How to Choose a Truck Driving School near Camp Verde Arizona
Congratulations on your decision to become a truck driver and enroll in a trucking school near Camp Verde AZ. Perhaps it has always been your fantasy to hit the open road while driving a huge tractor trailer. Or perhaps you have done some research and have discovered that an occupation as a truck driver offers good wages and flexible work prospects. Regardless of what your reason is, it’s important to get the appropriate training by picking the right CDL school in your area. When reviewing your options, there are various variables that you’ll want to examine before making your final selection. Location will no doubt be an issue, especially if you have to commute from your Camp Verde home. The expense will also be important, but choosing a school based solely on price is not the best method to guarantee you’ll get the proper training. Don’t forget, your objective is to learn the skills and knowledge that will enable you to pass the CDL exams and become a qualified truck driver. So keeping that objective in mind, just how do you decide on a truck driving school? That is what we are going to discuss in the balance of this article. But first, we are going to discuss a little bit about which CDL license you will ultimately need.
Which Commercial Drivers License Will You Require?
To drive commercial vehicles lawfully in Arizona and within the United States, a driver needs to obtain a CDL (Commercial Driver’s License). The 3 license classes that one can apply for are Class A, Class B and Class C. Given that the topic of this article is how to select a truck driver school near Camp Verde AZ, we will focus on Class A and B licenses. What differentiates each class of CDL is the kind of vehicle that the driver can operate together with the GVWR (Gross Vehicle Weight Rating) or GCWR (Gross Combination Weight Rating). Below are short descriptions of the two classes.
Class A CDL. A Class A CDL is needed to operate any vehicle that has a GCWR of more than 26,000 lbs., including a towed vehicle of greater than 10,000 lbs. Some of the vehicles that operators may be able to drive with Class A licenses are:
- Interstate or Intrastate Tractor Trailers
- Trucks with Double or Triple Trailers
- Tanker Trucks
- Livestock Carriers
- Class B and Class C Vehicles
Class B CDL. A Class B Commercial Drivers License is needed to drive single vehicles having a GVWR of more than 26,000 lbs., or a GCWR of greater than 26,000 lbs. including a towed vehicle weighing up to 10,000 lbs. A few of the vehicles that operators may be qualified to drive with Class B licenses are:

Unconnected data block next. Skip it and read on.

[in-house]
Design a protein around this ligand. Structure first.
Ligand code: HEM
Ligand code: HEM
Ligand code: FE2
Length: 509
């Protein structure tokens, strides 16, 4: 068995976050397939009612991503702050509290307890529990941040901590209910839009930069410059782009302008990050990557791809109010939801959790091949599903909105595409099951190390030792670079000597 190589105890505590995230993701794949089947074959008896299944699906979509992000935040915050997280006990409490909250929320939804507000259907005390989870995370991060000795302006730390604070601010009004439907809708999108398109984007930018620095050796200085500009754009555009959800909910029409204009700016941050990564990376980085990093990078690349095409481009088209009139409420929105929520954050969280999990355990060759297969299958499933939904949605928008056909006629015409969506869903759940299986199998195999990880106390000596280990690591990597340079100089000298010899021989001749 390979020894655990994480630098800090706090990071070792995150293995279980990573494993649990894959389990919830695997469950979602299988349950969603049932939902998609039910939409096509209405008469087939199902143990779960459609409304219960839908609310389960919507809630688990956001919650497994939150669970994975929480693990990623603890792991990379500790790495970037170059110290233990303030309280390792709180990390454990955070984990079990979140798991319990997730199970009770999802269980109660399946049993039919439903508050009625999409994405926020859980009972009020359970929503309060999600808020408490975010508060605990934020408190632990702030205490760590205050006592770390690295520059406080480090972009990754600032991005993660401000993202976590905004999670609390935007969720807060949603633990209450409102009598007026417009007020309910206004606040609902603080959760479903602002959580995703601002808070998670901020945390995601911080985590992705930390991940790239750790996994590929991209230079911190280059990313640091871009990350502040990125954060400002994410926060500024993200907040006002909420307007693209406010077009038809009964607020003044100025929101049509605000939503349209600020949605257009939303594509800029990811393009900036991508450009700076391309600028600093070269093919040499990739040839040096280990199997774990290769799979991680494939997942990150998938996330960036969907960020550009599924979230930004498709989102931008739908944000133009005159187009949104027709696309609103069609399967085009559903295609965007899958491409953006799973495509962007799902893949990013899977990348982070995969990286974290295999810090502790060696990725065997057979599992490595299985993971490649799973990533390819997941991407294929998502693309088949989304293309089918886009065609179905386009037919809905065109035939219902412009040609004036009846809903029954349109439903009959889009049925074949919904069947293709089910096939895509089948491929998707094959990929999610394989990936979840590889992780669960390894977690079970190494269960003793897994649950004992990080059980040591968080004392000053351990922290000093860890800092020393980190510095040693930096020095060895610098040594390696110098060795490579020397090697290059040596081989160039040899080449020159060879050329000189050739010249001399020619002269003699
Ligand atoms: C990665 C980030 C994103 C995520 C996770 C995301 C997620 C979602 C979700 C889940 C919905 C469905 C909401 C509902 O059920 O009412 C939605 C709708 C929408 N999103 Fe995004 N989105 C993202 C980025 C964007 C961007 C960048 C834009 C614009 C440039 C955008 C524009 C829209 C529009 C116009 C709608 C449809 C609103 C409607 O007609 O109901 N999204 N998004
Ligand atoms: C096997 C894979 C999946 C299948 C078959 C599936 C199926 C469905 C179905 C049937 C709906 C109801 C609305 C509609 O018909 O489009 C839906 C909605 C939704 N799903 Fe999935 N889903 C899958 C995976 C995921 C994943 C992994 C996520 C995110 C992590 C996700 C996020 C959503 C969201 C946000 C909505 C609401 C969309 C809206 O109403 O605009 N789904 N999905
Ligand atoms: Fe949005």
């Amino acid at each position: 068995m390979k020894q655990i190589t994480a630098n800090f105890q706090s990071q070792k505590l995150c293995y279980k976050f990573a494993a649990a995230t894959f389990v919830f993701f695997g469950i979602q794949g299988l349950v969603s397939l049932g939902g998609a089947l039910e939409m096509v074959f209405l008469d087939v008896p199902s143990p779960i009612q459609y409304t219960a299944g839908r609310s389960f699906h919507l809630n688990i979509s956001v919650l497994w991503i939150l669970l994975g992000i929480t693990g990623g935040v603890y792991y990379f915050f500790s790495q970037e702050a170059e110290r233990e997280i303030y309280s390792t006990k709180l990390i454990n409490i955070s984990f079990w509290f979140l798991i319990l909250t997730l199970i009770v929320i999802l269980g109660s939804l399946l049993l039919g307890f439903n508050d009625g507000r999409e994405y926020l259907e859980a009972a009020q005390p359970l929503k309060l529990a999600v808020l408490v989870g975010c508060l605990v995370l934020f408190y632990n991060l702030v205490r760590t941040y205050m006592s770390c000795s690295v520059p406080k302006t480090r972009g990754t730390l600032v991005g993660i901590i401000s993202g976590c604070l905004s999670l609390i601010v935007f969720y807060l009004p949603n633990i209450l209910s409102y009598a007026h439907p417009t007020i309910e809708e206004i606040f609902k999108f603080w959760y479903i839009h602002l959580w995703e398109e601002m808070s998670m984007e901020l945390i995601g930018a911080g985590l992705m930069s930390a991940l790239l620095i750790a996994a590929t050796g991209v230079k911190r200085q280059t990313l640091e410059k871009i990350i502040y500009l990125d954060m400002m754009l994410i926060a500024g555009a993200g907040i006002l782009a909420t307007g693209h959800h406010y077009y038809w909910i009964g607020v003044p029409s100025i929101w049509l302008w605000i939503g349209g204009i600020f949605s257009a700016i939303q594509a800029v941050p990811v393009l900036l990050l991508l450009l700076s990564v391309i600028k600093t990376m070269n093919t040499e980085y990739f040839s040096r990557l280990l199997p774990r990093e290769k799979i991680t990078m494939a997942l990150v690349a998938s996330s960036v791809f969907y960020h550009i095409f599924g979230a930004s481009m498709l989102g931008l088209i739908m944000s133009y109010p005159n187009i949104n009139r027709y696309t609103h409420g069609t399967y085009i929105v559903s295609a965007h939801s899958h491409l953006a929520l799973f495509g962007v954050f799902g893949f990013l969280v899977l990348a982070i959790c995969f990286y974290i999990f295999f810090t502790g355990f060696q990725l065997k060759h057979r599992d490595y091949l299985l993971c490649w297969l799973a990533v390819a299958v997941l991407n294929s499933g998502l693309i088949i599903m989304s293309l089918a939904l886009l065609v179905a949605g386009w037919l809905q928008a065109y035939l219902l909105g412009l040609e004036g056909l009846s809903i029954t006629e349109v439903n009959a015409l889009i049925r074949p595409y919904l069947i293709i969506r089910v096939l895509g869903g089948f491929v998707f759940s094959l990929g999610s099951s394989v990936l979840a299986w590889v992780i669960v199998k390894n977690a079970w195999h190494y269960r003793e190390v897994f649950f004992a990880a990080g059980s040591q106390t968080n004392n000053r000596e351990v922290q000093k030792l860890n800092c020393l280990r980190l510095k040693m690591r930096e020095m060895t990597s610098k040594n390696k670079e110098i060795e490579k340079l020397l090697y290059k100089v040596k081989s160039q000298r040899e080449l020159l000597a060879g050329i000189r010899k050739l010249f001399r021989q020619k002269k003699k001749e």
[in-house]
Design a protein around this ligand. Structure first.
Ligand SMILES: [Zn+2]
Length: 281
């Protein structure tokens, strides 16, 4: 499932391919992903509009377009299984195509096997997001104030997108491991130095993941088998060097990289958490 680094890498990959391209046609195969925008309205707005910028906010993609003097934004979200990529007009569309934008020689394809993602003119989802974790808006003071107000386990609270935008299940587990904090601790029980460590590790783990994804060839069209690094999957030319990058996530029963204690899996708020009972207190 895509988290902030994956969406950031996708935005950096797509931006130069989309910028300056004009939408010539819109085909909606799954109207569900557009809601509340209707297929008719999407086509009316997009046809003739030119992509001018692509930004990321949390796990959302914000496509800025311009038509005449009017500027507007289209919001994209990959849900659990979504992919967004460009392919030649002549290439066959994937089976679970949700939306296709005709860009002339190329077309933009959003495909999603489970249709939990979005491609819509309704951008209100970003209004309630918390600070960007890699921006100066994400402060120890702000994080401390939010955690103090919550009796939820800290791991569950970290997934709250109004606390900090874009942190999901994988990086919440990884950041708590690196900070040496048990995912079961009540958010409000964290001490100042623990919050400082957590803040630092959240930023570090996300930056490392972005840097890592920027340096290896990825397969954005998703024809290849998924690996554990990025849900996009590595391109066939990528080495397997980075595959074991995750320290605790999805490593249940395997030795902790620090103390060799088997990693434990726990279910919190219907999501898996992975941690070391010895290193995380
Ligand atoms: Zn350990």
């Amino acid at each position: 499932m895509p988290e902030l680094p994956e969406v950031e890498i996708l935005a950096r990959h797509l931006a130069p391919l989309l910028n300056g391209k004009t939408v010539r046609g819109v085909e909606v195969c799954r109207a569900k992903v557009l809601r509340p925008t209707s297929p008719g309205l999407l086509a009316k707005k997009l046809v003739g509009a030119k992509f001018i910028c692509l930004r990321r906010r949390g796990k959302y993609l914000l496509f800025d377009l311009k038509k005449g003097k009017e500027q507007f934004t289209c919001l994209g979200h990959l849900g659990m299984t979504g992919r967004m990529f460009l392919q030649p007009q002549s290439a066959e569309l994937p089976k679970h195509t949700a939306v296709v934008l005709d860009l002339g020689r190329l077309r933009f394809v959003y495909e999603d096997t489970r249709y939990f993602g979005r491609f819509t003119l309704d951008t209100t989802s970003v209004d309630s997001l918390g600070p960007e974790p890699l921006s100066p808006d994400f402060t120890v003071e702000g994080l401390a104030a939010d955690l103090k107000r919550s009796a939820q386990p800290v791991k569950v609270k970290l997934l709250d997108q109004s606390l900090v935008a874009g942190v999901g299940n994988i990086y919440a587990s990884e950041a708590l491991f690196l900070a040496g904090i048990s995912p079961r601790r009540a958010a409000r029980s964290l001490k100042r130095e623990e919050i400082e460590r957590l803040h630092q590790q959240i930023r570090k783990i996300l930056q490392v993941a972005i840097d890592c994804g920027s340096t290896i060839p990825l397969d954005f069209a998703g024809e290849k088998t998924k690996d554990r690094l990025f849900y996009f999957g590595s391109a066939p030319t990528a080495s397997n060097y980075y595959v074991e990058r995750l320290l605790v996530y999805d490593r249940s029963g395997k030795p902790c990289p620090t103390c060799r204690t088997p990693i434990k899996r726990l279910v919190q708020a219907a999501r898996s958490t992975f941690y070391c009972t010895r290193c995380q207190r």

- Tractor Trailers
- Dump Trucks
- Cement Mixers
- Large Buses
- Class C Vehicles
Both Class A and Class B CDLs might also require endorsements to drive certain types of vehicles, such as school or passenger buses. And a Class A license holder, with the proper required endorsements, can drive any vehicle that a Class B licensee is qualified to drive.
How to Research a Truck Driving School
Once you have decided which Commercial Drivers License you want to pursue, you can start the process of evaluating the Camp Verde AZ trucking schools that you are considering. As earlier mentioned, cost and location will no doubt be your primary considerations. But it can’t be emphasized enough that they must not be your sole concerns. Other factors, including the experience of the instructors or the reputations of the schools are equally if not more important. So below are several additional things that you need to research while conducting your due diligence prior to choosing, and especially paying for, your truck driving training.
Are the Schools Accredited or Certified ? Very few Camp Verde AZ truck driving schools are accredited because of the rigorous process and cost to the schools. However, certification is more typical and is provided by the Professional Truck Driver Institute (PTDI). A school is not obligated to become certified, but there are several advantages. Potential students know that the training will be of the highest caliber, and that they will get plenty of driving time. For example, PTDI calls for 44 hours of real driving time, not ride-alongs or simulations. So if a school’s program is certified (the program, not the school is certified), students know that the curriculum and training will measure up to the very high standards set by PTDI.
How Long in Business? One clue to help evaluate the quality of a truck driver school is how long it has been in business. A poorly reviewed or a fly by night school typically will not be in business very long, so longevity is a plus. Having said that, even the top Camp Verde AZ schools had to start from their first day of training, so consider it as one of multiple qualifications. You can also learn what the school’s history is concerning successful licensing and employment of its graduates. If a school won’t provide those stats, search elsewhere. The schools should also maintain associations with regional and national trucking companies. Having numerous contacts not only affirms an excellent reputation within the industry, but also bolsters their job assistance program for graduates. It also wouldn’t be a bad idea to contact the Arizona licensing authority to confirm that the CDL trucking schools you are researching are in good standing.